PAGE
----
Hungarian minority in Transylvania In 2003 was founded The Szekler National Council - a local Hungarian group with autonomy as its stated goal.[63] Unlike the Kosovars, the Szeklers are asking for autonomy within Romania rather than complete independence, leaving foreign policy and national defense in the hands of the government in Bucharest.[63] A new and more radical organization, the Hungarian Civic Party, has risen to challenge the establishment Hungarian party and has advocated for the autonomy of the Szekler region.[63] The Hungarian politician, László Tőkés, one of the party leaders, is pressing for greater autonomy, saying that Romanian and Hungarian authorities have to reach an agreement regarding the statute of the Hungarian community, the Szeckler county respectively.[68] However, relations between Romania and Hungary have improved significantly. [69] The governments of Hungary and Romania held their second annual joint session in 2006. The main objective is convergence of Hungarian and Romanian National Development Plans. In particular they are keen to increase co-operation aimed at improving their absorption capacity of EU funds and to ensure development in line with EU standards. The two countries are also working closely on policies to promote the welfare of ethnic Romanians living in Hungary and ethnic Magyar (Hungarians) in Romania. [70]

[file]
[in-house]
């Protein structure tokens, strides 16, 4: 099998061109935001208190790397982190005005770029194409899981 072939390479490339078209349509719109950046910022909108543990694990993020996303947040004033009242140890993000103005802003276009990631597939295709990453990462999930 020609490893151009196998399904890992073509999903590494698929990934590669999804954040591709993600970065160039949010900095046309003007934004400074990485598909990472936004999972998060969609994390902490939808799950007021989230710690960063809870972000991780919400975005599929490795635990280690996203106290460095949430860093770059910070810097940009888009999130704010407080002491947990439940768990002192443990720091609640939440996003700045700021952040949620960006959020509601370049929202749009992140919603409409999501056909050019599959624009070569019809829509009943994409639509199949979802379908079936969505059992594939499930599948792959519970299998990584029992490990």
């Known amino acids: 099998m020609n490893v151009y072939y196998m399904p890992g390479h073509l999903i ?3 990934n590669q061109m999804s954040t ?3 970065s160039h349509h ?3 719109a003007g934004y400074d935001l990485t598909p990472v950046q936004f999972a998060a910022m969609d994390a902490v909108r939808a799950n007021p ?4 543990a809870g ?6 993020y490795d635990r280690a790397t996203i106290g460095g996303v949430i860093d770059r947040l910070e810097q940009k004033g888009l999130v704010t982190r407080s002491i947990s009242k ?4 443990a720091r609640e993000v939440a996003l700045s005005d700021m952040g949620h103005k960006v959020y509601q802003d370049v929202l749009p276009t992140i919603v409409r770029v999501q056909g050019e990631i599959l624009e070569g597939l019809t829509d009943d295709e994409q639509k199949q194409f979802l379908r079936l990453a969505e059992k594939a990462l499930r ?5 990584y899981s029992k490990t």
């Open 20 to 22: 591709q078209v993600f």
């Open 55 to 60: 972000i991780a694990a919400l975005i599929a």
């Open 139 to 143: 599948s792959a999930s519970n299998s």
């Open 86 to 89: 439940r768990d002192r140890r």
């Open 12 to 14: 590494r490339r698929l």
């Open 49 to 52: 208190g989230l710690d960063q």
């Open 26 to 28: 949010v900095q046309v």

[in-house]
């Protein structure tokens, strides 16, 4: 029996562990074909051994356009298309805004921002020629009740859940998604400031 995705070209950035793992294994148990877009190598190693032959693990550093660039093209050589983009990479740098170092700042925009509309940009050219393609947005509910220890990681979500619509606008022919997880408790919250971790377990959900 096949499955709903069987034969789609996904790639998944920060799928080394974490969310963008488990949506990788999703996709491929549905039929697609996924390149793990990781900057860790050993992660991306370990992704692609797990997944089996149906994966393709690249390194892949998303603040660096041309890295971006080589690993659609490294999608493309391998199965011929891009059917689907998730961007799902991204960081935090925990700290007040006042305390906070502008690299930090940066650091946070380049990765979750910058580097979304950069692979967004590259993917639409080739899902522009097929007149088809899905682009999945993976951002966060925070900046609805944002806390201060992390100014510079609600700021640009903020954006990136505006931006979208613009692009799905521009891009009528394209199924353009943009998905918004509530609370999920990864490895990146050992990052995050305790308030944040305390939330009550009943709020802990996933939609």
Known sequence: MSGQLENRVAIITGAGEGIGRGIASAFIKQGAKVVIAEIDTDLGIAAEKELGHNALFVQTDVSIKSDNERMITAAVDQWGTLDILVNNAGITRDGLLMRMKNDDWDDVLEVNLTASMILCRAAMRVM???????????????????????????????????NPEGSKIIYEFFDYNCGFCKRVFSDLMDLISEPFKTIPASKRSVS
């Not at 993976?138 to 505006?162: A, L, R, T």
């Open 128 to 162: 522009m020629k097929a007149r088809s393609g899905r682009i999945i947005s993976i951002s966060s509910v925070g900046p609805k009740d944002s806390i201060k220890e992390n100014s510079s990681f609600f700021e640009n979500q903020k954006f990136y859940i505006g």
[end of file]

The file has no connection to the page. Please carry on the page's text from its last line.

Romanian ethnographic regions (Transylvania-red; Maramureş-blue; Sǎtmargreen; Crişana-yellow; Banat-purple)

Hungarian ethnographic regions (King’s Pass - yellow; Western Transylvania - green; Eastern Transylvania - blue) The Transylvanian plateau, 300 to 500 metres (1,000-1,600 feet) high, is drained by the Mureş, Someş, Criş, and Olt rivers, as well as other tributaries of the Danube. This core of historical Transylvania roughly corresponds with nine counties of modern Romania. Other areas to the west and north, which also united with Romania in 1918 (inside the border established by peace treaties in 1919-20), are since that time widely considered part of Transylvania. • Transylvania proper: • Amlaş • Ţara Bârsei • Chioar